insert {?rnode <nex:glow> "0.2"} where {?atom <nex:rnode> ?rnode . ?atom pdb:hasSpatialLocation ?loc . ?atom rdfs:label ?name . filter (?name="P")}

The resulting 3D RDF graph now looks like a DNA model that I had done with my prior Monolith project which dealt exclusively with non-RDF PDB-formatted data.  The DNA structure can be colored and effects set in many different ways by using the powerful new SPARQL 1.1 query language using any of the data present in the loaded RDF graph, not just what is displayed.  We can even access remote SPARQL end points and include their data as well.  Since Nexus handles any RDF, we are not limited to just molecular visualization.  We can branch off into other linked data by using the PubMed ID triple present into the RDF-converted PDB file and link over to PubMed publications data or anywhere else in the LOD (Linked Open Data) cloud.  For those of you thinking "these commands are not easy nor obvious" (perhaps to the SemWeb junkies) you would be correct.  I'm exploring ways in which the commands can be executed visually via the 3D front-end interface, but, I needed a flexible foundation on which to build and the SPARQL-driven engine seemed the best way to achieve this.  As it is, several of the above commands could be re-written to be a bit more compact and fewer, but, I am learning about this stuff myself as I go along.  I'm getting better. ;-)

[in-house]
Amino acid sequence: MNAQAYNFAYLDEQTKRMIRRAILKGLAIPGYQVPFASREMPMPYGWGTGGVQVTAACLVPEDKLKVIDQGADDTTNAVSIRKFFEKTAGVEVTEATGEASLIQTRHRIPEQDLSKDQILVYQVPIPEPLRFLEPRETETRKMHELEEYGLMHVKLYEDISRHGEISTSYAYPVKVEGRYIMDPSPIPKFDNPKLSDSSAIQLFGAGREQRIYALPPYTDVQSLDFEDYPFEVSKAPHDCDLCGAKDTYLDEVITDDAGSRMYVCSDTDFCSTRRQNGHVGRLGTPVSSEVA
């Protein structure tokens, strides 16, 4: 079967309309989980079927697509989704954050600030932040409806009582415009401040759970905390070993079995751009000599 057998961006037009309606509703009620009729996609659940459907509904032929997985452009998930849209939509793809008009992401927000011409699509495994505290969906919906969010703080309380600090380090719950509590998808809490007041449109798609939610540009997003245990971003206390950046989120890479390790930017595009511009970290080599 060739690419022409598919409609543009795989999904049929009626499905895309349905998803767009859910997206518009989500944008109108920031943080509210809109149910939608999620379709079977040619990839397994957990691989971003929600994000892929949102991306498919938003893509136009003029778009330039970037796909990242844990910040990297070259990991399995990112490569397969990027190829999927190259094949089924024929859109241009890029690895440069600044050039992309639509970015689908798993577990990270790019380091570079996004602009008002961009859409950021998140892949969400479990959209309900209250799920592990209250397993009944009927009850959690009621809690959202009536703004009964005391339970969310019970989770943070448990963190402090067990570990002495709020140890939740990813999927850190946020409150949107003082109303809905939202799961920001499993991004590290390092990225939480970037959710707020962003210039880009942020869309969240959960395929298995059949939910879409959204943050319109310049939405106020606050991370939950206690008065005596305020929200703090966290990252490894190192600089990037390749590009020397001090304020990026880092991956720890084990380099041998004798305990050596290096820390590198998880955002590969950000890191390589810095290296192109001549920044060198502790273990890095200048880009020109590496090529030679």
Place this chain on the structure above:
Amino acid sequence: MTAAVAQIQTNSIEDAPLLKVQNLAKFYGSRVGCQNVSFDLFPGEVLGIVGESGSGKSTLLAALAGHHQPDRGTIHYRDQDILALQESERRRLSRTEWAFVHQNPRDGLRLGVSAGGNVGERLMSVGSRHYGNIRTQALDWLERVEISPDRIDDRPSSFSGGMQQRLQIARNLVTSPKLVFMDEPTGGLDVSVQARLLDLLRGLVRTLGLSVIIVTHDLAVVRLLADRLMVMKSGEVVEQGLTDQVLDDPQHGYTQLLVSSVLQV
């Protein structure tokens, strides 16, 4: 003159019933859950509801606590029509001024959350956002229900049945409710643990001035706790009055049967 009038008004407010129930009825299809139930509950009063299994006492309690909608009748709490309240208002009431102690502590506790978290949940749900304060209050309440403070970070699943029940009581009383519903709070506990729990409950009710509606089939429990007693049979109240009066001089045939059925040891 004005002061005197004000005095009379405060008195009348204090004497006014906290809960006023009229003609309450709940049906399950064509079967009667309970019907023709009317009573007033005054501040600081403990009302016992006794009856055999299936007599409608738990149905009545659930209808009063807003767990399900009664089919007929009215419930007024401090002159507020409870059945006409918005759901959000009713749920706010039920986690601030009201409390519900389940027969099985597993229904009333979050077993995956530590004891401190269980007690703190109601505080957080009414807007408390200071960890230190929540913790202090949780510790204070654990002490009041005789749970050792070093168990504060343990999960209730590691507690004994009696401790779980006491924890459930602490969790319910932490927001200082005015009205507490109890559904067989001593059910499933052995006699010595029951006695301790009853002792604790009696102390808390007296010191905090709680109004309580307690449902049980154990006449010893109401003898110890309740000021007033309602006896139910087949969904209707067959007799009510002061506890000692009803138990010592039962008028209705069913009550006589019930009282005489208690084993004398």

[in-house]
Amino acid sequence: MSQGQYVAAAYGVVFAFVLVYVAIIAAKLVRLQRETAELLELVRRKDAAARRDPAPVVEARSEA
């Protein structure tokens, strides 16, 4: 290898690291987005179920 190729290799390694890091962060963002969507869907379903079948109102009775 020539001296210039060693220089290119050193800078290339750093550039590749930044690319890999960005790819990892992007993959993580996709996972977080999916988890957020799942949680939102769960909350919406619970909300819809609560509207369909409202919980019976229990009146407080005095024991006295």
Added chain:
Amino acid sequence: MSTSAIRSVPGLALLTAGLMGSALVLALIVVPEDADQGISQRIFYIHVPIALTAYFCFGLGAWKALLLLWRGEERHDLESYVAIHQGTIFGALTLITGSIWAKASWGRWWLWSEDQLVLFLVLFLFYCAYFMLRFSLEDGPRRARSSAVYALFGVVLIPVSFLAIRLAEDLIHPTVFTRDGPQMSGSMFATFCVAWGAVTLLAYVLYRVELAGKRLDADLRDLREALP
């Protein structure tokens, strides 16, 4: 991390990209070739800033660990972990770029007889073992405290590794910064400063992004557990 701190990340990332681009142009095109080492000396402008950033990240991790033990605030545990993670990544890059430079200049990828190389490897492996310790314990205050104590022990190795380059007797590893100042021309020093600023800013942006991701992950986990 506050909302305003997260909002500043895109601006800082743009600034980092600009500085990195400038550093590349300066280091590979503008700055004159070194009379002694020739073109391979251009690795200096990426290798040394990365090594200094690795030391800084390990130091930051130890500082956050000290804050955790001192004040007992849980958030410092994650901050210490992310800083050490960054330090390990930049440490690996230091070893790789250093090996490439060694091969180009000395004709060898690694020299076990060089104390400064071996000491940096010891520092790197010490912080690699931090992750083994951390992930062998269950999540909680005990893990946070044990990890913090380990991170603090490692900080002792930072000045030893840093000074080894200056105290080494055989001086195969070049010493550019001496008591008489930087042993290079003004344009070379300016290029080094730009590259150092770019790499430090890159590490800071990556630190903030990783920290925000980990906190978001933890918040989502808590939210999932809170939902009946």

Next Steps
I've been focused on doing the semantic web/molecular visualization cross-over and now that I've hit that milestone, there is some front-end and back-end work that still needs to be done.  The data is there, but I am not currently displaying any of it in the actual visualization (RDF labels and such).  I would also like to enable  a user to interact with the model graphically.  Interaction now is limited to command-line SPARQL commands only.  I had tossed out the half-SPARQL, half my own concoction commands in favor of the SPARQL.